You’ve purchased your first rental home, and now you are ready to start looking for your first tenant. You think to yourself, “I am going to be extremely picky about whom I let rent this house.” However, what you may not realize is how easy it is to run afoul of the Fair Housing Act. The Fair Housing Act of 1969 was established by the Housing and Urban Development Office or HUD. The intent behind the law was to ensure that everyone had an equal opportunity to buy or rent a home.
You May Not Discriminate
According to this law, as a landlord, you are not allowed to discriminate against a person because of race, sex, religion, familial status, handicaps color, or national origin. However, what exactly does discriminate mean? Here is a list of discriminations provided by HUD.
Based on the facts above, you may not:
- Refuse to rent to a person
- Refuse to sell to a person
- Make your housing “unavailable.”
- Deny a person a dwelling
- Have different conditions, terms, or privileges for the rental or sale of a dwelling
- Falsely state that housing is available for inspection, rental, or sale
- Provide different housing facilities or housing services
- Deny anyone access to or membership in a facility or service (such as a multiple listing service) related to the sale or rental of housing
- Or For-profit, persuade owners to sell or rent (blockbusting)
(All information courtesy of HUD)
One Year to File a Complaint
Under HUD regulations if your current tenant of one who is applying to rent your dwelling feels as though they have been discriminated against in any of the ways above, they have 365 days to file a complaint against you. That’s right; they have an entire year to file a claim stating they feel as though their rights have been violated. Even if they no longer live in your property or never lived there at all.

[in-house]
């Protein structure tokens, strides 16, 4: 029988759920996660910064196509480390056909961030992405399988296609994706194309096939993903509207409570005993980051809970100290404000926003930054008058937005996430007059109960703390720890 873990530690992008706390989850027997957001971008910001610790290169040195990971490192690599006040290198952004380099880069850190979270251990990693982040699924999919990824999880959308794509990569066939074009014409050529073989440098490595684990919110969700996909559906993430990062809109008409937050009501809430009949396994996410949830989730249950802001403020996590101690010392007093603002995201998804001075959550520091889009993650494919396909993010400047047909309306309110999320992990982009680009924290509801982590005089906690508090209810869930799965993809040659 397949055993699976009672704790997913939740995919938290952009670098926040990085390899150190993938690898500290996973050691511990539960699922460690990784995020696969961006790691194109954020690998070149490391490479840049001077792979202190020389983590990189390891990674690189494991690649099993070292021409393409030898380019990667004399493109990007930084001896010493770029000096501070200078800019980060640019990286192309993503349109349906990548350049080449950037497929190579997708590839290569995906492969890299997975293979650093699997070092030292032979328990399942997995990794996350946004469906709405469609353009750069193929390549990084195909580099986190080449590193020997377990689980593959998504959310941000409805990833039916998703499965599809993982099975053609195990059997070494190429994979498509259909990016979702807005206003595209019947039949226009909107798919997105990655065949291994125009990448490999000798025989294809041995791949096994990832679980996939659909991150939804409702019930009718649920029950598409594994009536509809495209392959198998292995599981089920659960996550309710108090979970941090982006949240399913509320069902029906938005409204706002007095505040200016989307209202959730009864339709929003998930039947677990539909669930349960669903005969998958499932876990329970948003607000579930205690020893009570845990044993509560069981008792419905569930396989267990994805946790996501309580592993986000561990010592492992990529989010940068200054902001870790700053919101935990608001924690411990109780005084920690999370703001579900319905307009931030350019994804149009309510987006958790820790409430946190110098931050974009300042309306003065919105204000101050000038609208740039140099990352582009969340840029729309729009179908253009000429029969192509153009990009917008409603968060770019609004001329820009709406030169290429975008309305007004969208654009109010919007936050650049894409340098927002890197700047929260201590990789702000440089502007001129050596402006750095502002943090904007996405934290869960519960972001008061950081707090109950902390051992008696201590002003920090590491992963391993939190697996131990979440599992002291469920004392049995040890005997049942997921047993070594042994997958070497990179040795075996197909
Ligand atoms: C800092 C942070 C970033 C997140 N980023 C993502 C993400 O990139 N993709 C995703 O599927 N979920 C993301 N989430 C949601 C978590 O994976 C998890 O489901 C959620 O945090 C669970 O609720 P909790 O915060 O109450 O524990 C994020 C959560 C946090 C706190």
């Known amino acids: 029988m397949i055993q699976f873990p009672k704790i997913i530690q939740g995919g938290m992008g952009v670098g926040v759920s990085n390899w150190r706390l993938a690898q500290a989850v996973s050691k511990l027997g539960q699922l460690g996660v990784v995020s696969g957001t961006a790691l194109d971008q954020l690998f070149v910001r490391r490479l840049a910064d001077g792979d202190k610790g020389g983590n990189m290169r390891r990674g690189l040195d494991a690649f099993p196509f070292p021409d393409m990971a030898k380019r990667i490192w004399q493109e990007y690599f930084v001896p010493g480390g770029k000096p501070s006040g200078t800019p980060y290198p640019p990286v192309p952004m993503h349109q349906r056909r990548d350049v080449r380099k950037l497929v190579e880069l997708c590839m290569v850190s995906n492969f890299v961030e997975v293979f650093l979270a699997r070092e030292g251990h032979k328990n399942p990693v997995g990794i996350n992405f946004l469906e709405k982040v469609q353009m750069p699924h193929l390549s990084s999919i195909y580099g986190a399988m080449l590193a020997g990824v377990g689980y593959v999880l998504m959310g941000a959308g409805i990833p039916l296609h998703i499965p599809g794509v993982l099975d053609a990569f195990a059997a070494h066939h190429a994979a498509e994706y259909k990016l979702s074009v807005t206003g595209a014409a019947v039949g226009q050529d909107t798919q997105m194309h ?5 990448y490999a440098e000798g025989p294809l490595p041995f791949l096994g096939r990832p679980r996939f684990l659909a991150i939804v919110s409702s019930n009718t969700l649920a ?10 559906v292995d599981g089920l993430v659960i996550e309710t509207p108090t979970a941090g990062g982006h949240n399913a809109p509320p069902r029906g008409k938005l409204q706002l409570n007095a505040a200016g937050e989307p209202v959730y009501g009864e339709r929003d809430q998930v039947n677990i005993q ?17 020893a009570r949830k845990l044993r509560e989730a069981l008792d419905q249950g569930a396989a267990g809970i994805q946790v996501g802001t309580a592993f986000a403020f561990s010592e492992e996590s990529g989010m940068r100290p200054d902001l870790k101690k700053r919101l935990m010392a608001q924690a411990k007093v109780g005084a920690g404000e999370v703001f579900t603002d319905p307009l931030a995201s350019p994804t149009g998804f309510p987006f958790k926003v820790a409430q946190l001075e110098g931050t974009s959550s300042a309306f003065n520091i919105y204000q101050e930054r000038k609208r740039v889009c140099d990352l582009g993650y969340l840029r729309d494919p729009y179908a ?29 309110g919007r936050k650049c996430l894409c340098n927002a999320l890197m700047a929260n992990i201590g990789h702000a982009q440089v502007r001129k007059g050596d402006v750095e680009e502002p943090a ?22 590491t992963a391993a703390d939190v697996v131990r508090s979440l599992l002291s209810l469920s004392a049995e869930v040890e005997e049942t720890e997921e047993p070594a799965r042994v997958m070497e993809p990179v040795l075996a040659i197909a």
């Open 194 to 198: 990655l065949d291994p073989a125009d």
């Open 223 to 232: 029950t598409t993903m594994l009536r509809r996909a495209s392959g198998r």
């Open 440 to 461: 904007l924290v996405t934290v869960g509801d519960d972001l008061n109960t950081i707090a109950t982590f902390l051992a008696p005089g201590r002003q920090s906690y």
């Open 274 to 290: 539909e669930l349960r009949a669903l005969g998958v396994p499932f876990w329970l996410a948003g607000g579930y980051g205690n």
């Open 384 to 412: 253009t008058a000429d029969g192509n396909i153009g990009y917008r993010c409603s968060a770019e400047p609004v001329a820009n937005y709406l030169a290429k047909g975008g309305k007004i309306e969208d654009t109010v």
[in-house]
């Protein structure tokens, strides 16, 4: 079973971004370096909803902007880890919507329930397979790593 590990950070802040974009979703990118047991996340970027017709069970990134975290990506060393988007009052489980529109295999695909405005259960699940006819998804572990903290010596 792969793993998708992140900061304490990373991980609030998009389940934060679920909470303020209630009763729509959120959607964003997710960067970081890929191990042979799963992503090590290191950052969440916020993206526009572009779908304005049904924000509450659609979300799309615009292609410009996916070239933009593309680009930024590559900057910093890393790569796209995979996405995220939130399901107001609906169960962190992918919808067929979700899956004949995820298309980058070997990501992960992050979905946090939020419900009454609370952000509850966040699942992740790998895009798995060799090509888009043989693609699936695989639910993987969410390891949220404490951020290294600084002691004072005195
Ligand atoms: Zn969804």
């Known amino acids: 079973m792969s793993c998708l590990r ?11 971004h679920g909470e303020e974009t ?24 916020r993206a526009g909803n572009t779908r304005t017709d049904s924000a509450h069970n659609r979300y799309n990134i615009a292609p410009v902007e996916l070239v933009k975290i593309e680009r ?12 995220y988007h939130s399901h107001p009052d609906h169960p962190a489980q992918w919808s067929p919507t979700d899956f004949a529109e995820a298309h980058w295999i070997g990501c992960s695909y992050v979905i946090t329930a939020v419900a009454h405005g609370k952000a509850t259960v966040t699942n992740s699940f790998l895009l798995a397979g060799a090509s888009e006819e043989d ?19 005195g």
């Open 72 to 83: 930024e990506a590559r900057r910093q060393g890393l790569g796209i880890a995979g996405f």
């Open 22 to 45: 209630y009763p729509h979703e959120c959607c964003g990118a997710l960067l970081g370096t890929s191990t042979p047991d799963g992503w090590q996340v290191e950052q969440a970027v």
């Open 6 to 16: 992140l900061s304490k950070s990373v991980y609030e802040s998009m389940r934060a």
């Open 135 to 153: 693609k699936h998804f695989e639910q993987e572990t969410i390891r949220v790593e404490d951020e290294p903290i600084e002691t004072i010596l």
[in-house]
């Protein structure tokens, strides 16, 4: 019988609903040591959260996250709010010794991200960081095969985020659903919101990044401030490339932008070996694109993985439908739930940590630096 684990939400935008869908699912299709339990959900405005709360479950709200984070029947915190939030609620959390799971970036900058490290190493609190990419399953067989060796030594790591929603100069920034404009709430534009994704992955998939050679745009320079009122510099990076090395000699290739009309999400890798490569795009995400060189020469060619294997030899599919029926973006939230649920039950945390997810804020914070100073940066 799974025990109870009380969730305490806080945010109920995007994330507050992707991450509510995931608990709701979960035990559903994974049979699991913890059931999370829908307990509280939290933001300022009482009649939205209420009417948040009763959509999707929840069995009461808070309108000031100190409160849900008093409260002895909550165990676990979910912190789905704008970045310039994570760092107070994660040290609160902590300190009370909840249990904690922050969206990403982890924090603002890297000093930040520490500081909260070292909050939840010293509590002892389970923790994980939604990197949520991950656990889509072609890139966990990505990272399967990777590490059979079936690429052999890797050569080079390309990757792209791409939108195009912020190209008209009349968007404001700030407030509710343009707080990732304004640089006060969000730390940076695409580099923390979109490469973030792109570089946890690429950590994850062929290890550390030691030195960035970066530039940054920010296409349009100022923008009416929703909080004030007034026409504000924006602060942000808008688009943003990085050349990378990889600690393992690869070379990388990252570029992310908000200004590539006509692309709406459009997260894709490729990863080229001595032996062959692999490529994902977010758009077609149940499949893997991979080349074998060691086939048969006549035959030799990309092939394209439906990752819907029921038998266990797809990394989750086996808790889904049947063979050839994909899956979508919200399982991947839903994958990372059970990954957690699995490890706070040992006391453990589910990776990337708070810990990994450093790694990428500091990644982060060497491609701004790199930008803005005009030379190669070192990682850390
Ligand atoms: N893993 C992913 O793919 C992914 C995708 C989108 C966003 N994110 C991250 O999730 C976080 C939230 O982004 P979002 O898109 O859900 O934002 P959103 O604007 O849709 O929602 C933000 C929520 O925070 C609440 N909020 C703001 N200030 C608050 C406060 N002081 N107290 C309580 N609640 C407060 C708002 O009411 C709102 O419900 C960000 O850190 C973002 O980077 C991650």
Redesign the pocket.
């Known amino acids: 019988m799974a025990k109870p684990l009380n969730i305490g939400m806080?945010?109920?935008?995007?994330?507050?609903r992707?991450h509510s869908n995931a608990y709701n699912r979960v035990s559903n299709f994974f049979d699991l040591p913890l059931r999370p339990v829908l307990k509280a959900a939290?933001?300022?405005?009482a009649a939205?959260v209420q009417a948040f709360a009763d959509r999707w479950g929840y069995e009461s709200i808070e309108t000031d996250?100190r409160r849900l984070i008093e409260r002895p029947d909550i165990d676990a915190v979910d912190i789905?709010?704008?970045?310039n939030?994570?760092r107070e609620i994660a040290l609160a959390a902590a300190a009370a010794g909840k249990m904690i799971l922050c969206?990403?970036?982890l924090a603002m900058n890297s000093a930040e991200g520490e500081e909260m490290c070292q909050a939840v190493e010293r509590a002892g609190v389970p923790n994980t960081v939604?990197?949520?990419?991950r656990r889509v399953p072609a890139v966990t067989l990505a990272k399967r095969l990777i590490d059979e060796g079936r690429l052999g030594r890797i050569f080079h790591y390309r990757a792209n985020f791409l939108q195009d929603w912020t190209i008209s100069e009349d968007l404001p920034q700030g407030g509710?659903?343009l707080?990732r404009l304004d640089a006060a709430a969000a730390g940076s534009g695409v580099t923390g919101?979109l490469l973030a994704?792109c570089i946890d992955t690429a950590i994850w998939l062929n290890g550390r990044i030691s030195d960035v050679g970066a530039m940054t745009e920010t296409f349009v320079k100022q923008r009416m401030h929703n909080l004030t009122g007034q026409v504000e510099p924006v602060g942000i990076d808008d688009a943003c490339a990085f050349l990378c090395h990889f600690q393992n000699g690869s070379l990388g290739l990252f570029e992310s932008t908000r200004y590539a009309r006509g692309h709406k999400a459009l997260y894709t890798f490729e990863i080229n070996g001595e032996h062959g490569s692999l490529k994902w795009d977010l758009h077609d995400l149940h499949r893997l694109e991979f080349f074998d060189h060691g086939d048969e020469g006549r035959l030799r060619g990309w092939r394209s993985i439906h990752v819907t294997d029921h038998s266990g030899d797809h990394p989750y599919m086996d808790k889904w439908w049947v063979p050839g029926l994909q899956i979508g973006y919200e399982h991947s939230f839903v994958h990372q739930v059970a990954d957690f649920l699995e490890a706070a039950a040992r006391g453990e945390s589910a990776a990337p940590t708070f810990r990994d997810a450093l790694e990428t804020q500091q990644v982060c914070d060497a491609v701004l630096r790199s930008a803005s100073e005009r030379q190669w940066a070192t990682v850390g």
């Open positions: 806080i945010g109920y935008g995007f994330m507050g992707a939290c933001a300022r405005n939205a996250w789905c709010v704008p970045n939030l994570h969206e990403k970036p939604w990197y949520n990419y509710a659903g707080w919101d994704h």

HUD and the federal government, in general, take a very dim view of those who transgress these laws. The penalties for doing so vary, but you can count on them being severe based on HUD regulations and any local laws that are in place.
Think Very Carefully
If this makes you wonder about getting into the rental business, don’t let it. Just use this information to help ensure you stay within the realms of this law. You have no choice but to abide by them, but this doesn’t mean you have to cave in just because of the laws and rent to just anybody.
However, what it does mean is that you need to be very aware of the rights of your tenants and prospective tenants, as well as your own. Having this knowledge can help to avoid any potential misunderstandings before they have a chance to cause significant legal trouble for you. By following these rules and regulations, you set yourself up to become a respected and successful landlord.